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The Ten-Year Century: Explaining the First Decade of the New Millenniumby James B Sutherland
Synopses & Reviews
Remember worrying about the Y2K bug in 1999? Or life before Twitter? Ten years ago, September 11 was just another day, Facebook didn't exist, and Barack Obama was a little-known state senator. Some have called the jam-packed first decade of the new millennium the "ten-year century" for all of the history-making, life-changing developments it's contained.
Now, James Sutherland explores these influential years for the audience that's grown up in it, putting history in context and explaining how the world is smaller, faster, and more connected than it's ever been-and why it matters.
"This overview of the first 10 years of the new millennium focuses on significant developments that have shaped life in the United States today. Former political reporter Sutherland (Up Close: Ronald Reagan) begins each section with a synopsis of trends in popular culture and newsworthy events (such as the creation of Facebook and destruction of the Space Shuttle Columbia in 2003), before discussing specific topics, which range from the voter recount during the 2000 election to September 11, the war in Iraq, and Hurricane Katrina. After addressing the prevailing pessimism as a result of the current economy, Sutherland ends on a hopeful note, suggesting that solutions come from 'learning about the world and always trying to understand the times we live in.' The lucid, balanced narration results in a nuanced representation of a rapidly changing era. Ages 12 — up. (Oct.)" Publishers Weekly (Copyright PWyxz LLC)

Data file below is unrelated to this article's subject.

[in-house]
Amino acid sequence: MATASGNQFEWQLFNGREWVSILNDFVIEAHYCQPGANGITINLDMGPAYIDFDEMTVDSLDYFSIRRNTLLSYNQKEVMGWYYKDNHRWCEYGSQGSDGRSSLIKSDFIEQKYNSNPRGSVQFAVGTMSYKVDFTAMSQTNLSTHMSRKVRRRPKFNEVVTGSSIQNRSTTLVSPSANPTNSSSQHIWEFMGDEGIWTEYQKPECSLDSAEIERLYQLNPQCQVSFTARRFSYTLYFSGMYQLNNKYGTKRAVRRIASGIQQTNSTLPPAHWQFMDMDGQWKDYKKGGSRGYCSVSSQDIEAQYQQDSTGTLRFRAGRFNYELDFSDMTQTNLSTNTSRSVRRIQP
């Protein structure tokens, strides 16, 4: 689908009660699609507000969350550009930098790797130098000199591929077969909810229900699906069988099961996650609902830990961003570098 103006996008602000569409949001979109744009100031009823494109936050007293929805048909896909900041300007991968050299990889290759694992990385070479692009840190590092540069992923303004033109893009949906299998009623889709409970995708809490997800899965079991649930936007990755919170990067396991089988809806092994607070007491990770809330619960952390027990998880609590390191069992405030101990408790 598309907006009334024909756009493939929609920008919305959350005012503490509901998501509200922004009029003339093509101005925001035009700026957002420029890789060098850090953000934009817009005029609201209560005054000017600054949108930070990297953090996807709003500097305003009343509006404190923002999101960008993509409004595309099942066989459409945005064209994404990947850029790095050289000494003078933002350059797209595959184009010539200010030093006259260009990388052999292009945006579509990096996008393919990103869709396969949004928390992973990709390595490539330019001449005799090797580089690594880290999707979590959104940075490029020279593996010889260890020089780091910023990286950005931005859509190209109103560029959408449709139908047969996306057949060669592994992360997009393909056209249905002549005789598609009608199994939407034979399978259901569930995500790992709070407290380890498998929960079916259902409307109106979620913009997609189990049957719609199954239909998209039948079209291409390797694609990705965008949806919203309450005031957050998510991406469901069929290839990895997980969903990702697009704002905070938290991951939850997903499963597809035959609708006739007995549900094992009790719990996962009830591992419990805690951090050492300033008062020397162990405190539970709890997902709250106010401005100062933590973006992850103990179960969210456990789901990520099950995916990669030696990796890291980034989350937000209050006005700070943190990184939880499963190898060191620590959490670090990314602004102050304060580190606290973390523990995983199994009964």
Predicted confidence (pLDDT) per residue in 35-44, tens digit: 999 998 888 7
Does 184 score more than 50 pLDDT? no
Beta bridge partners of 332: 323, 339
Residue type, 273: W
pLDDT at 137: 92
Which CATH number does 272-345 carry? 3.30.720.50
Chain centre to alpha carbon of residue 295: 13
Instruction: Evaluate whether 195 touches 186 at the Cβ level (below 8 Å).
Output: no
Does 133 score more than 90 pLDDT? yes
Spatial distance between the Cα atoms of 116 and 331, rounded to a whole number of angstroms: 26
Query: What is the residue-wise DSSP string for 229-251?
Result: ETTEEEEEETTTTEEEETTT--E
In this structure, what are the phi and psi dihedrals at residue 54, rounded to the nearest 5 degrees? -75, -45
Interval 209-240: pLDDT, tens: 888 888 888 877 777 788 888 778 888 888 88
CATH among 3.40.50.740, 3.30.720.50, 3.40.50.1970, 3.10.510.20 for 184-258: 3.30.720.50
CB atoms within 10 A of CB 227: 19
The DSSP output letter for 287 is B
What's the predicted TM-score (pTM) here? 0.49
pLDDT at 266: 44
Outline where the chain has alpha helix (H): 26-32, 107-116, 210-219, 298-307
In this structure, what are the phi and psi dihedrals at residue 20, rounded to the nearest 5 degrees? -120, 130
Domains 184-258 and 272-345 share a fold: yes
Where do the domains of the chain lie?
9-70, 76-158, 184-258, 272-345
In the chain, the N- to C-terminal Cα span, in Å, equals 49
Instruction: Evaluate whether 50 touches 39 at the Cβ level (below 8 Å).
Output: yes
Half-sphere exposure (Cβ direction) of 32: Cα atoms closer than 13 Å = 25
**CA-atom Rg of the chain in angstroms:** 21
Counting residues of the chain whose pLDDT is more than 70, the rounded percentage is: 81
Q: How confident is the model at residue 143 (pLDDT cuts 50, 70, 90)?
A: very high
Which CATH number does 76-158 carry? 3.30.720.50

The 21st century is 10 years old. Sutherland explores these influential years, putting history into context and explaining how the world is smaller, faster, and more connected that it's ever been--and why it matters. Photographs.
About the Author
James Sutherland is a freelance writer. He lives with his wife and son in Brooklyn, New York.
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